Last major update issued on April 4, 2004 at 03:40 UTC.
[Solar and geomagnetic data - last month (updated daily)]
[Solar wind and electron fluence charts (updated daily)]
[Solar cycles 21-23 (last update April 2, 2004)]
[Solar cycles 1-20]
[Graphical comparison of cycles 21, 22 and 23 (last update April 2, 2004)]
[Graphical comparison of cycles 2, 10, 13, 17, 20 and 23 (last update April 2, 2004)]
[Historical solar and geomagnetic data charts 1954-2003 (last update January 16, 2004)]
[Archived reports (last update March 28, 2004)]
The geomagnetic field was quiet to minor storm on April 3. Solar wind speed ranged between 333 and 518 km/sec. A solar wind shock was observed at SOHO at 08:49 UTC as the CME observed on March 31 arrived. The interplanetary magnetic field was at times strongly southwards after the shock.
Solar flux measured at 20h UTC on 2.8 GHz was 107.4. The planetary A
index was 23 (STAR Ap - based on the mean of three hour interval ap indices: 24.6).
Three hour interval K indices: 23434455 (planetary), 33334545 (Boulder).
The background x-ray flux is at the class B1-B2 level.
At midnight there were 5 spotted regions on the visible disk. The solar flare activity level was very low. No C class events were recorded during the day.
Region 10581 decayed slowly and quietly.
Region 10582 decayed further and lost all spots outside of the main penumbra.
Region 10587 developed a penumbra in the intermediate spot section, no significant changes were observed elsewhere in the region.
Region 10588 was quiet and stable.
Spotted regions not numbered by NOAA/SEC:
[S380] This region emerged on April 3 as a reversed polarity group just south of region 10588. Location at midnight: S16E51.
April 1-3: No fully or partly earth directed CME observed.
Coronal hole history (since late October 2002)
Compare today's report with the situation one solar rotation ago: 28 days ago 27 days ago 26 days ago
An elongated, recurrent trans equatorial coronal hole (CH88) will be in a geoeffective position on April 1-7.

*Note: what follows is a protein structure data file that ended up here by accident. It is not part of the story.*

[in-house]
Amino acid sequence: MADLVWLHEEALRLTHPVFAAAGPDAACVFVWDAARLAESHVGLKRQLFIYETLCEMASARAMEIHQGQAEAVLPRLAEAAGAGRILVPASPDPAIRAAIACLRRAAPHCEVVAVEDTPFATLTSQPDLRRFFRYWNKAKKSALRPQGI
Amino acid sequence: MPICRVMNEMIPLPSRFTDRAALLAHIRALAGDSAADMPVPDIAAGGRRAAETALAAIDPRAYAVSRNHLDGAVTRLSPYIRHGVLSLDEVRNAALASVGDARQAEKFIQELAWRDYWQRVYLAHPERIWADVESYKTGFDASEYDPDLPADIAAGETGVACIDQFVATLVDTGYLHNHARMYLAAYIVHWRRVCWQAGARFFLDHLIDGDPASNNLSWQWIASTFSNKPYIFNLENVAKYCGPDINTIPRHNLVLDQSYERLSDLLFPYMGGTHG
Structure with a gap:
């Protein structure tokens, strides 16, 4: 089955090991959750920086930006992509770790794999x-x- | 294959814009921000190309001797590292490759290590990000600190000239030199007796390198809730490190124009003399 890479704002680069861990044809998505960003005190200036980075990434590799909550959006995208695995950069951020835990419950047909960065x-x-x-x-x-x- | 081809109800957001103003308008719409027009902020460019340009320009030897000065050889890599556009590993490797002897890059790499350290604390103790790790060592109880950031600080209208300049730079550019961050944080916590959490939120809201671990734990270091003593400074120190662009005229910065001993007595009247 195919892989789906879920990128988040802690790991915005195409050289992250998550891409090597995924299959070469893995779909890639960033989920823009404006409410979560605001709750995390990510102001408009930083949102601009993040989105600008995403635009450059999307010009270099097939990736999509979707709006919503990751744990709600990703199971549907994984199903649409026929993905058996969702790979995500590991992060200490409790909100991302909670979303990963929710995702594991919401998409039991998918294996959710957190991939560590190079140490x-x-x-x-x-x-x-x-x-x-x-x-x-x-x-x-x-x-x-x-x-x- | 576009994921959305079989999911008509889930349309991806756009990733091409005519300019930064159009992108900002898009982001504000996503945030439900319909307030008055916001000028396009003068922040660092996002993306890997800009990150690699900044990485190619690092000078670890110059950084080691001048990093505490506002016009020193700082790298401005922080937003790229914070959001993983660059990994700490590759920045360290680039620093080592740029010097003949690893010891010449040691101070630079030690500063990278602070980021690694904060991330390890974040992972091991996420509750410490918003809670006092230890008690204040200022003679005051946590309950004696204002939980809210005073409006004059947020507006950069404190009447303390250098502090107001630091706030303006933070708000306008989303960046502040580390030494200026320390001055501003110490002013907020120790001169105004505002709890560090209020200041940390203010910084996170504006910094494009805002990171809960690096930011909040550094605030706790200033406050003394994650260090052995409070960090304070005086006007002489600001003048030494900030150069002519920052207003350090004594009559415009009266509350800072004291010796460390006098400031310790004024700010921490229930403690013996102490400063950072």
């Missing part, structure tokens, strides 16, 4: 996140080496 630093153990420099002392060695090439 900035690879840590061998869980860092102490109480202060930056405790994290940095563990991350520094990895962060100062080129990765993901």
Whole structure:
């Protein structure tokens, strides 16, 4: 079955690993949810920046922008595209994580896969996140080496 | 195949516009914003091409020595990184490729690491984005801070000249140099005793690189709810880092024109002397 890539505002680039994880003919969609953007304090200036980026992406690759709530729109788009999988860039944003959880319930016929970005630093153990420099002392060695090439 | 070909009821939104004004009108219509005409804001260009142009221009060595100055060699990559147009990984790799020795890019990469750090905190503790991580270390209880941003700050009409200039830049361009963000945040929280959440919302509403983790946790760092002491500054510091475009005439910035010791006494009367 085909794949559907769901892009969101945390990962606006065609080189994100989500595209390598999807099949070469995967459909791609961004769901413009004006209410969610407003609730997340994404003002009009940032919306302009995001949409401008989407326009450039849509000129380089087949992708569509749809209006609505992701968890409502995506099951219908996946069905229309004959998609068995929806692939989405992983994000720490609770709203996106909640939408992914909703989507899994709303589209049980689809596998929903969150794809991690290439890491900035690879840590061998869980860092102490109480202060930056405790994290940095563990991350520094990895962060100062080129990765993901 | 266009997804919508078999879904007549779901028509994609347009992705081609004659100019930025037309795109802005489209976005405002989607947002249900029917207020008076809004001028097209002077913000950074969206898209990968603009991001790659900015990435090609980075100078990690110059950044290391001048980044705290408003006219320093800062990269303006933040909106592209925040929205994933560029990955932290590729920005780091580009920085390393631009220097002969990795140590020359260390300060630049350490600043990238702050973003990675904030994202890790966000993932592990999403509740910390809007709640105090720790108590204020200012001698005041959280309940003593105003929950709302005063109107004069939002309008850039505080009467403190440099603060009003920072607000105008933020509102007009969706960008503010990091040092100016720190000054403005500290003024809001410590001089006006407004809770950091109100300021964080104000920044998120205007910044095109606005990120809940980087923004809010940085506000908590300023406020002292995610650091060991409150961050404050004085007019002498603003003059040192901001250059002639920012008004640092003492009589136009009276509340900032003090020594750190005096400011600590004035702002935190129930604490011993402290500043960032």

Processed SOHO/EIT 284 image at 00:12 UTC on March 18. The darkest areas on the solar disk are likely coronal holes.
The geomagnetic field is expected to be unsettled to minor storm on April 4-6, first due to the CME which arrived on April 3, then due to a high speed stream from coronal hole CH88. Quiet to active is likely on April 7-10 under the influence of the high speed stream from coronal hole CH88.
Long distance low and medium frequency (below 2 MHz) propagation along east-west paths over high and upper middle latitudes is very poor to useless. Propagation along long distance north-south paths is poor. [Trans Atlantic propagation conditions are currently monitored every night on 1470 kHz. Dominant station tonight: Radio Cristal del Uruguay, later Radio Vibración (Venezuela) was noted as well. Otherwise some of the usual stations from Brazil could be heard with the best signals on 740, 980 and 1010 kHz].
|Coronal holes (1)||Coronal mass ejections (2)||M and X class flares (3)|
1) Effects from a coronal hole could reach Earth within the next 5 days. When the high speed stream has arrived
the color changes to green.
2) Material from a CME is likely to impact Earth within 96 hours.
3) There is a possibility of either M or X class flares within the next 48 hours.
Green: 0-20% probability, Yellow: 20-60% probability, Red: 60-100% probability.
Compare to the previous day's image.
Data for all numbered solar regions according to the Solar Region Summary provided by NOAA/SEC. Comments are my own, as is the STAR spot count (spots observed at or inside a few hours before midnight) and data for regions not numbered by SEC or where SEC has observed no spots. SEC active region numbers in the table below and in the active region map above are the historic SEC/USAF numbers.
|Active region||Date numbered||SEC
|Location at midnight||Area||Classification||Comment|
area was 0060
classification was HSX
at midnight, area 0120
area was 0170
classification was HSX
at midnight, area 0060
split off from region
|Total spot count:||28||30|
flux at Earth
|International sunspot number||Smoothed sunspot number|
cycle 23 sunspot max.
|2003.10||151.7||65.5||(58.0 predicted, -1.5)|
|2003.11||140.8||67.3||(55.9 predicted, -2.1)|
|2003.12||114.9||46.5||(53.3 predicted, -2.6)|
|2004.01||114.1||37.2||(49.1 predicted, -4.2)|
|2004.02||107.0||46.0||(44.5 predicted, -4.6)|
|2004.03||112.0||48.9||(41.7 predicted, -2.8)|
|2004.04||109.4 (1)||8.9 (2)||(39.6 predicted, -2.1)|
1) Running average based on the daily 20:00 UTC observed solar flux value at 2800 MHz.
2) Unofficial, accumulated value based on the Boulder (NOAA/SEC) sunspot number. The official international sunspot number is typically 30-50% less.
This report has been prepared by Jan Alvestad. It is based partly on my own observations and analysis, and partly on data from some of these solar data sources. All time references are to the UTC day. Comments and suggestions are always welcome.